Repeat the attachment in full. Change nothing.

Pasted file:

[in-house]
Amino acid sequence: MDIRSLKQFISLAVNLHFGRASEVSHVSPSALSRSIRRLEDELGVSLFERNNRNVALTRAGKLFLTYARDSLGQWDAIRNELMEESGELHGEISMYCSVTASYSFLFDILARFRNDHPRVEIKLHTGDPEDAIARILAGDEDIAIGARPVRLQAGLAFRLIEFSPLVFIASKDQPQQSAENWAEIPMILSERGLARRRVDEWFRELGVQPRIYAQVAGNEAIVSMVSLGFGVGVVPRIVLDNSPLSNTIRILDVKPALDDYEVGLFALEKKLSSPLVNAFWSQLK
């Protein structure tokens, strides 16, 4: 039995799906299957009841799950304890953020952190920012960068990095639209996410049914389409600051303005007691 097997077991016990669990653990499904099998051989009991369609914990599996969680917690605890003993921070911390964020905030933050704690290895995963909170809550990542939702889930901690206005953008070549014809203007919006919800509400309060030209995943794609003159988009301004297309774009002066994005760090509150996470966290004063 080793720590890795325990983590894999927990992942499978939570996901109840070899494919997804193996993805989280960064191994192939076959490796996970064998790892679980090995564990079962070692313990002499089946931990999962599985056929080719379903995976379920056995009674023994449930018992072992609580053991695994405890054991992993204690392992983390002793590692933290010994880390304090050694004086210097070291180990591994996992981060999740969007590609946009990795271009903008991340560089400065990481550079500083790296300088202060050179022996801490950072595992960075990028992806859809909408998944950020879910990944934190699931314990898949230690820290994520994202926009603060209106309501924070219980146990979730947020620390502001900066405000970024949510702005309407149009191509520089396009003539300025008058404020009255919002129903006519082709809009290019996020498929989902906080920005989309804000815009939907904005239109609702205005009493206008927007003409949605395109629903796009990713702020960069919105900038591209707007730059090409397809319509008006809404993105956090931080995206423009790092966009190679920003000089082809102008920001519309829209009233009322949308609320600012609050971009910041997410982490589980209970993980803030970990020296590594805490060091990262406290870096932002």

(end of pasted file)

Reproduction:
[in-house]
Amino acid sequence: MDIRSLKQFISLAVNLHFGRASEVSHVSPSALSRSIRRLEDELGVSLFERNNRNVALTRAGKLFLTYARDSLGQWDAIRNELMEESGELHGEISMYCSVTASYSFLFDILARFRNDHPRVEIKLHTGDPEDAIARILAGDEDIAIGARPVRLQAGLAFRLIEFSPLVFIASKDQPQQSAENWAEIPMILSERGLARRRVDEWFRELGVQPRIYAQVAGNEAIVSMVSLGFGVGVVPRIVLDNSPLSNTIRILDVKPALDDYEVGLFALEKKLSSPLVNAFWSQLK
């Protein structure tokens, strides 16, 4: 039995799906299957009841799950304890953020952190920012960068990095639209996410049914389409600051303005007691 097997077991016990669990653990499904099998051989009991369609914990599996969680917690605890003993921070911390964020905030933050704690290895995963909170809550990542939702889930901690206005953008070549014809203007919006919800509400309060030209995943794609003159988009301004297309774009002066994005760090509150996470966290004063 080793720590890795325990983590894999927990992942499978939570996901109840070899494919997804193996993805989280960064191994192939076959490796996970064998790892679980090995564990079962070692313990002499089946931990999962599985056929080719379903995976379920056995009674023994449930018992072992609580053991695994405890054991992993204690392992983390002793590692933290010994880390304090050694004086210097070291180990591994996992981060999740969007590609946009990795271009903008991340560089400065990481550079500083790296300088202060050179022996801490950072595992960075990028992806859809909408998944950020879910990944934190699931314990898949230690820290994520994202926009603060209106309501924070219980146990979730947020620390502001900066405000970024949510702005309407149009191509520089396009003539300025008058404020009255919002129903006519082709809009290019996020498929989902906080920005989309804000815009939907904005239109609702205005009493206008927007003409949605395109629903796009990713702020960069919105900038591209707007730059090409397809319509008006809404993105956090931080995206423009790092966009190679920003000089082809102008920001519309829209009233009322949308609320600012609050971009910041997410982490589980209970993980803030970990020296590594805490060091990262406290870096932002």